in cash, to which the Organization has added US$6 million of
its own funds.
; US$11.5 million has been pledged but not yet received.
; US$6.3 million is currently being negotiated with donors.
5. Extraordinary Session of the Desert Locust Control Committee (DLCC)
; Considering the serious Desert Locust situation due to the current upsurge in the Western Region, an Extraordinary Session of the Desert Locust Control Committee (DLCC) will be held
at FAO from 29 November to 2 December 2004.
; This Committee is constituted of 60 members involving countries affected by the Desert Locust, regional organizations and donor countries interested in these issues.
; The DLCC is the pre-eminent global forum at which Desert Locust management is discussed and coordinated. It normally meets every two years, but it often meets more frequently during Desert Locust emergencies, hence the decision to hold Extraordinary Session at the end of this year.
; The Extraordinary Session will provide the first opportunity to consider the lessons which have been learned from the actions taken since September/October 2003 and the improvements which could be made in the months ahead. It will specifically focus on:
A. 2004 Campaign
Situation from September 2003 to November 2004
Overview of actions taken by the affected countries, FAO and donors
Role played by the Western and Central Region FAO Commissions
Assessment of “lessons learned”
Crop and Food Supply Assessment mission results
B. 2005 Campaign: planning and medium-term management
Emergency Prevention System (EMPRES Programme): role during an upsurge
Preparation for the 2005 Spring and Summer campaigns
Report of the Pesticide Referee Group
Further donor assistance requirements for locust-affected countries
Pesticide issues/options for safer and more environmentally friendly control
; The intention is to carry out a rapid review of where/when problems occurred and consider
how they might be addressed in future, allowing the Extraordinary Session to make immediate
recommendations for improvements.
; For additional information, please refer to the following FAO web site:
http://www.fao.org/news/global/locusts/Locuhome.htm click on DLCC in the left hand corner.
6. FAO’s humanitarian response to the Desert Locust upsurge
Following the Crop and Food Supply Assessment missions’ (CFSAMs) findings, FAO is currently
addressing, in two ways, the agricultural and pastoral needs caused by a combination of drought and the Desert Locust infestation:
First: FAO has designed an emergency support vegetable production project (see project description below) and aims to mobilize resources immediately to ensure that the beginning of
the vegetable crop season in November-December is not missed.
Second: FAO is revising the inter-agency Consolidated Appeal Process (CAP) for West Africa to include agricultural rehabilitation projects for the main planting season of spring/summer 2005. This revised version will be issued in January 2005.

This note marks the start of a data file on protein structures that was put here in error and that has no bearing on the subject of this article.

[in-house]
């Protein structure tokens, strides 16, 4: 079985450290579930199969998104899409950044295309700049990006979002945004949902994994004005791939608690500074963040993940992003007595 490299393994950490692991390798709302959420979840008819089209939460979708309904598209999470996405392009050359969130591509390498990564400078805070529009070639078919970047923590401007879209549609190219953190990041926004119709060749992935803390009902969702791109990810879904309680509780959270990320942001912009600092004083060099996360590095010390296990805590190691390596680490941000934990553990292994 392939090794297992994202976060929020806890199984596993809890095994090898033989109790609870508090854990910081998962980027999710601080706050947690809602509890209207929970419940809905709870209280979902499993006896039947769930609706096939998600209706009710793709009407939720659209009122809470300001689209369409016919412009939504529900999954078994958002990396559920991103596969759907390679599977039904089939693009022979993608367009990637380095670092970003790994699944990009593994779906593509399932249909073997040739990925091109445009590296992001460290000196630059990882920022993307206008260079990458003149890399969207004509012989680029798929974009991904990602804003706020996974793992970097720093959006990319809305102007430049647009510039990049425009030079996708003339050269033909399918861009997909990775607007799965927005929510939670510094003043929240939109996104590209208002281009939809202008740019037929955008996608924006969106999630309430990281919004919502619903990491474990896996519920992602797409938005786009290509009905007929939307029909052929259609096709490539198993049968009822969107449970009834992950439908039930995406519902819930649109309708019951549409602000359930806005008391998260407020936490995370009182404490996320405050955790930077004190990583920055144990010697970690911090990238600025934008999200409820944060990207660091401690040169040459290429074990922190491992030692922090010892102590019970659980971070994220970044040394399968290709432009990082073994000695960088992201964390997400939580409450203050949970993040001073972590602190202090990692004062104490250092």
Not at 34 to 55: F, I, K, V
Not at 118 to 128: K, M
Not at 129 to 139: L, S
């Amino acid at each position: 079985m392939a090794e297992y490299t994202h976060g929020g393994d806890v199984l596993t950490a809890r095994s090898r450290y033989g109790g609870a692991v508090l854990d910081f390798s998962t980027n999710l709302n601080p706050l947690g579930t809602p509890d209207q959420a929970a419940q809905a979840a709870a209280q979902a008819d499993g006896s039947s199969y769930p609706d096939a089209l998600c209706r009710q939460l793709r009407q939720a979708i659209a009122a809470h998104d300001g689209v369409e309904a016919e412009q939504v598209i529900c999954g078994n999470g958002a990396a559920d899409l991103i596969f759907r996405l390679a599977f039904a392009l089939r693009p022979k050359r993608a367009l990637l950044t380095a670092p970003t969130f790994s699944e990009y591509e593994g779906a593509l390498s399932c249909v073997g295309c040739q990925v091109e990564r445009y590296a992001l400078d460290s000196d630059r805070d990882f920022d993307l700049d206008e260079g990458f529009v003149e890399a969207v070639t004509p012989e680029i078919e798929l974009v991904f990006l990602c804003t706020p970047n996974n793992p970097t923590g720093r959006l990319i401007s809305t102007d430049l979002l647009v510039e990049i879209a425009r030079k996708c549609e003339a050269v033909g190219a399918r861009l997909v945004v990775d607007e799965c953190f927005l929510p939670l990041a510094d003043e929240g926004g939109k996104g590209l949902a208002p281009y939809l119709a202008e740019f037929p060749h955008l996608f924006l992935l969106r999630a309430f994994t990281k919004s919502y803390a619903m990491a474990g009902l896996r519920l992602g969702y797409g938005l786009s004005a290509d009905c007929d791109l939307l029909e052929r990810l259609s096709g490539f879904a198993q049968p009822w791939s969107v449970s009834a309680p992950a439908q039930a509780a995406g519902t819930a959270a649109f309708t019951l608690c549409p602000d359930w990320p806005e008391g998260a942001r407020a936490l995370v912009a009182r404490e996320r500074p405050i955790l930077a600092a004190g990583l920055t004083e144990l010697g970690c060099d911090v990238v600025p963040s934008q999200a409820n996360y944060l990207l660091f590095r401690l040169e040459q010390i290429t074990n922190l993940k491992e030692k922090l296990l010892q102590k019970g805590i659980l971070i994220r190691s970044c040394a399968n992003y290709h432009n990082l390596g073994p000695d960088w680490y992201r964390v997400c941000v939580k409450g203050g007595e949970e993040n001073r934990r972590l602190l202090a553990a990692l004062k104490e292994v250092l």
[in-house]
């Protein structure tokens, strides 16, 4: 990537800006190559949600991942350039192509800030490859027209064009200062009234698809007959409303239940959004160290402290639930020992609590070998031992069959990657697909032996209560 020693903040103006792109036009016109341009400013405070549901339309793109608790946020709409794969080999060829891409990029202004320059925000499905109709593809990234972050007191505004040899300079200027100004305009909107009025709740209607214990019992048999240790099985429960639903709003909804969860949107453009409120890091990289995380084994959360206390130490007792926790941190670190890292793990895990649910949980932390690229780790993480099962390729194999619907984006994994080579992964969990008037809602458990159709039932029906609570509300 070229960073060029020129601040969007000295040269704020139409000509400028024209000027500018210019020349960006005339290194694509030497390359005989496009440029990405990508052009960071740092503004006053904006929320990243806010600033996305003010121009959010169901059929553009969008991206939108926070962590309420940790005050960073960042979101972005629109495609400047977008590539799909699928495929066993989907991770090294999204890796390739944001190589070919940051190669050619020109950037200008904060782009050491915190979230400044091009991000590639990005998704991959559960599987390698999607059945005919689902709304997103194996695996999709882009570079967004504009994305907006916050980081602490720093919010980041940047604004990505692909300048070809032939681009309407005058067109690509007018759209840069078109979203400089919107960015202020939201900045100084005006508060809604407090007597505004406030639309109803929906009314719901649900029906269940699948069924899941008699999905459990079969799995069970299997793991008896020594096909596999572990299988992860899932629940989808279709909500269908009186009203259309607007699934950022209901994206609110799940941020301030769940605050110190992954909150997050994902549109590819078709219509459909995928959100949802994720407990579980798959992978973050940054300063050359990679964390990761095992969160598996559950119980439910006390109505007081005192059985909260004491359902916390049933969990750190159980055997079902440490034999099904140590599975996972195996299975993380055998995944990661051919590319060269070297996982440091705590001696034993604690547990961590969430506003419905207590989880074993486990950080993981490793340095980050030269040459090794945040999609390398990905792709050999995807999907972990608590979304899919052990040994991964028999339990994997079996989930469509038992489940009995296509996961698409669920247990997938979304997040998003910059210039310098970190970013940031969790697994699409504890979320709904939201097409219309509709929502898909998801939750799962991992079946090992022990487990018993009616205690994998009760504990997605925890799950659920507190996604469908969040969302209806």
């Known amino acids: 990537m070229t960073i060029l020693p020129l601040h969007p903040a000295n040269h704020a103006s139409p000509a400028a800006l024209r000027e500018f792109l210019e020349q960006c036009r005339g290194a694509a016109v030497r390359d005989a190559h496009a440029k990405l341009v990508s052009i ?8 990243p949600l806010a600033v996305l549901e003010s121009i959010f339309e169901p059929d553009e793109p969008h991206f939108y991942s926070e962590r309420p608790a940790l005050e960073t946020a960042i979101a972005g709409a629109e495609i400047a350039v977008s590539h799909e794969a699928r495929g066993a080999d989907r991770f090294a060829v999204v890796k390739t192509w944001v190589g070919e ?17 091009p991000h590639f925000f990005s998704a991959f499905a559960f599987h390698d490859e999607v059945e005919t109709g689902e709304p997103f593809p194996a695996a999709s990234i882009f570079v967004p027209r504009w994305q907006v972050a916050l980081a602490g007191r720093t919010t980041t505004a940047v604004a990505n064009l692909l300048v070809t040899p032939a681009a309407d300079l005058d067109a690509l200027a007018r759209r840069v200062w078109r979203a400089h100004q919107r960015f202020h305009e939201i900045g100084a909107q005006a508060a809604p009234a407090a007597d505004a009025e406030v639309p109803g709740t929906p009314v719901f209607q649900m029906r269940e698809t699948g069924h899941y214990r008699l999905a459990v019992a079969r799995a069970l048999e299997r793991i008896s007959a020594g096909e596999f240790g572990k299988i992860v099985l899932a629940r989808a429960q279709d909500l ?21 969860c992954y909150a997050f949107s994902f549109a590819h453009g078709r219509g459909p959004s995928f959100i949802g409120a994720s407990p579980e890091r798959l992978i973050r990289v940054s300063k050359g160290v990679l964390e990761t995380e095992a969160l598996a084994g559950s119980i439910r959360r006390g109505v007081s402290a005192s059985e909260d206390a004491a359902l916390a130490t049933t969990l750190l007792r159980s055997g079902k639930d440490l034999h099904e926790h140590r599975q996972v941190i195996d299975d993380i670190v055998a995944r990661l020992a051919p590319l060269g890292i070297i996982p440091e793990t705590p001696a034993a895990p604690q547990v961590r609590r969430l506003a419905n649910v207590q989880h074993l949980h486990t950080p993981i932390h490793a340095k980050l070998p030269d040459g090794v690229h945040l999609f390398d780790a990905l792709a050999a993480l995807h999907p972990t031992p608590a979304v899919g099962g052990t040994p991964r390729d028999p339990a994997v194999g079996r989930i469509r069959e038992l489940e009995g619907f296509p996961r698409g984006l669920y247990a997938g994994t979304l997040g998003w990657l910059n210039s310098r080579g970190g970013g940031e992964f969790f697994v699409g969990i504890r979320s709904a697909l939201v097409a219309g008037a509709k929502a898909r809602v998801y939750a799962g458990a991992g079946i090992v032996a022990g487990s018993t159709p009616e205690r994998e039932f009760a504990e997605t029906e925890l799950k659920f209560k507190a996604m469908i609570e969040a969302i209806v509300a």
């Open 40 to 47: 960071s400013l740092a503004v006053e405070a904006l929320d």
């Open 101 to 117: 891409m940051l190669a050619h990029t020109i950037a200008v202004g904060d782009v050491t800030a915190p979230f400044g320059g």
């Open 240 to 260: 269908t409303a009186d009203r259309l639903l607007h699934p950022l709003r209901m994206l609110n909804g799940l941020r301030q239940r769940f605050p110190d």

6.1 FAO’s Emergency support to the production of vegetables in the Sahel region
Project title Emergency support to the production of vegetables in
the Sahel region affected by the Desert Locust
Objective Improve the availability of sufficient quantities of nutritious food,
and generate income, by promoting vegetable production through
the distribution of seeds, fertilizers and hand tools.
Countries Burkina Faso, Mali, Mauritania, Niger and Senegal
Targeted Households severely affected by damage caused by the desert
populations locust and unfavourable climatic conditions during 2004, in
particular women and extremely vulnerable groups (urban/peri-
Partners NGOs (World Vision, Oxfam, Catholic Relief Services) and
respective Ministries of Agriculture.
Total amount US$1 893 900
FAO Contribution US$200 000
; FAO will be able to initiate activities through a rapid response fund for seeds provided by Norway.
; FAO has established contacts with the most important NGOs to identify the vegetable growers and households whose vegetable production has been negatively affected.
; To obtain an overall picture of this Emergency support project, including a detailed budget, consult the FAO web page: http://www.fao.org/news/global/locusts/locuhome.htm
6.2 Consolidated Appeal Process 2005
; In the light of the information gathered during the CFSAMs in October 2004, FAO and its
humanitarian partners, WFP, UNICEF, Office of the Coordination of Humanitarian Affairs
(OCHA), as well as some non-governmental organizations (NGOs), will now address the
overall humanitarian needs caused by the locust invasion through the inter-agency CAP.
; FAO’s revision of the inter-agency CAP will include new components, such as:
- vegetable production in the off-season;
- crop production for cow-peas, maize, sorghum and millet for the main planting season in
; In addition, FAO intends to include a pastoral component in the revised Appeal.
; A CAP for West Africa was launched on 11 November 2004. As the document was drafted
several months ago, it did not specifically address the damage caused by the Desert Locust in
the Sahel. It will now be revised to include assistance needed following the locust infestation.
; The inter-agency CAP document can be found at the following web address:
The latest information on the Desert Locust situation, operational activities
and donor funding can be found on FAO’s locust web site:
Hilde Niggemann Clive Elliott
Operations Officer Senior Officer
Emergency Operations and Locust and Other Migratory Pests Group
Rehabilitation Division Plant Production and Protection Division
FAO, Rome FAO, Rome
For further information, please contact these persons at the following email address: